Singer and songwriter Bobby Caldwell, the man behind the 1978 platinum hit “What You Won’t Do For Love,” has died at age 71, his wife Mary confirmed to CBS News on Wednesday.
She announced her husband’s passing in a tweet from his official Twitter account, writing, “Bobby passed away here at home. I held him tight in my arms as he left us.”
I am forever heartbroken,” she continued. “Thanks to all of you for your many prayers over the years. He had been “FLOXED,” it took his health over the last 6 years and 2 months. Rest with God, my Love.”
“Floxed” is a term that refers to the toxicity caused by continued use of fluoroquinolone antibiotics, which can lead to “disabling and potentially permanent side effects involving tendons, muscles, joints, nerves and the central nervous system,” according to the Food and Drug Administration.
It was not immediately clear which antibiotics Mary was referring to, and she did not offer further details related to Caldwell’s health.
Caldwell grew up in a musical home where his parents hosted the musical variety show “Suppertime,” and he began making music as a teen, heavily influenced by show tunes and artists such as Frank Sinatra, Nat King Cole, Tony Bennett, and The Beatles, according to his website.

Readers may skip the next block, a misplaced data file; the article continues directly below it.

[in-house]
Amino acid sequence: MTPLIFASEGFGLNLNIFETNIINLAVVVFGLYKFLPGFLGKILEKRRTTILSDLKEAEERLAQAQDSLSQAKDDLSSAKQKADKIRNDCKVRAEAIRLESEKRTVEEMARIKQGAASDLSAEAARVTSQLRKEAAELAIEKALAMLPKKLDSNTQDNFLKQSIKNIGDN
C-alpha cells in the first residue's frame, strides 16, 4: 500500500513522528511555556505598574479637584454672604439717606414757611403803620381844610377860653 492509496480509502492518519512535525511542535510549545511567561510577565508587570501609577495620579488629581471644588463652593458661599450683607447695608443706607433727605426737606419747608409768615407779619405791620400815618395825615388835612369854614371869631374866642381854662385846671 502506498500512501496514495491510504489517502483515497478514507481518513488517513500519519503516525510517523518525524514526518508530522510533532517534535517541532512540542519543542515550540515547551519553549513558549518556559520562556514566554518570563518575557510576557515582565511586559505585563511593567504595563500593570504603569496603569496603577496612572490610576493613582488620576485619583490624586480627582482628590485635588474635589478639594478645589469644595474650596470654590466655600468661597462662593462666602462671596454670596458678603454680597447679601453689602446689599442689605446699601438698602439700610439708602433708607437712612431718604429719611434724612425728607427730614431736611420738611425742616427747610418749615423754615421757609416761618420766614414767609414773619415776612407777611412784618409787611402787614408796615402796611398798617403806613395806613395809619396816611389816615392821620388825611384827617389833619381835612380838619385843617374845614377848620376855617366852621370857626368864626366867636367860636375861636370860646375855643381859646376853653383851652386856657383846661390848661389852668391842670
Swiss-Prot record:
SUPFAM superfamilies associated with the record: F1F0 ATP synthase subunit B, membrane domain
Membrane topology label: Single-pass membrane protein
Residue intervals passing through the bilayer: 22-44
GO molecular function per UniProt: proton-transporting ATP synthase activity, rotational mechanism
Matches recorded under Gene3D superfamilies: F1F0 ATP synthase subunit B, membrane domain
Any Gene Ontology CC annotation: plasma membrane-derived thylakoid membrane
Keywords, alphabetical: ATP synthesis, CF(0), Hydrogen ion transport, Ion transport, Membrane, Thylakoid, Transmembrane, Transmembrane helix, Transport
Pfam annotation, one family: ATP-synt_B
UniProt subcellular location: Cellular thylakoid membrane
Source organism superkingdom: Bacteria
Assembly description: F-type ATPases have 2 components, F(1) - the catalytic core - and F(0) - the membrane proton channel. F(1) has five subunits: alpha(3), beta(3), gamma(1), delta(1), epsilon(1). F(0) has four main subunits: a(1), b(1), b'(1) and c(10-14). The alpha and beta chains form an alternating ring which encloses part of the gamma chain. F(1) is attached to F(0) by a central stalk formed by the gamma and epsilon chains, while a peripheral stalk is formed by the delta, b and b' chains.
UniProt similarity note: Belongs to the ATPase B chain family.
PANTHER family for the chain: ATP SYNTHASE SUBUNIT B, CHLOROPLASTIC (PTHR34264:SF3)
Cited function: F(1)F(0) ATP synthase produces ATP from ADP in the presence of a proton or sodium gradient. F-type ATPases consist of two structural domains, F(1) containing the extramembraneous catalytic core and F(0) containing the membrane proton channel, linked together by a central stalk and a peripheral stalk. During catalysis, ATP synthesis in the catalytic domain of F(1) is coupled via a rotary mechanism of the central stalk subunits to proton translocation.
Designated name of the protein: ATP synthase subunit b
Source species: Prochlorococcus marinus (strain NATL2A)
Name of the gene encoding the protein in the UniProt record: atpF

“What You Won’t Do for Love,” which reached No. 9 on the Billboard Hot 100 in the year of its release. It has been covered by Boys II Men, Natalie Cole and Michael Bolton, among others, in addition to being sampled by legendary rapper Tupac Shakur.
Caldwell’s song “Next Time I Fall,” which was recorded by Peter Cetera and Amy Grant, reached No. 1 on the Billboard Hot 100 in 1986 and was nominated for a Grammy for Best Pop Performance by a Duo or Group with Vocals.
Other of Caldwell’s songs were sampled by Vanessa Williams, the Notorious B.I.G and Common.
Questlove, who collaborated with Common on the track “The Light,” which sampled Caldwell’s “Open Your Eyes,” wrote a moving tribute to Caldwell on Instagram.
“Man such a missed opportunity to meet a legend.” he wrote. “Thank you for your voice and gift.”
Combined, Caldwell’s songs have contributed to more than 40 million record sales, according to his website.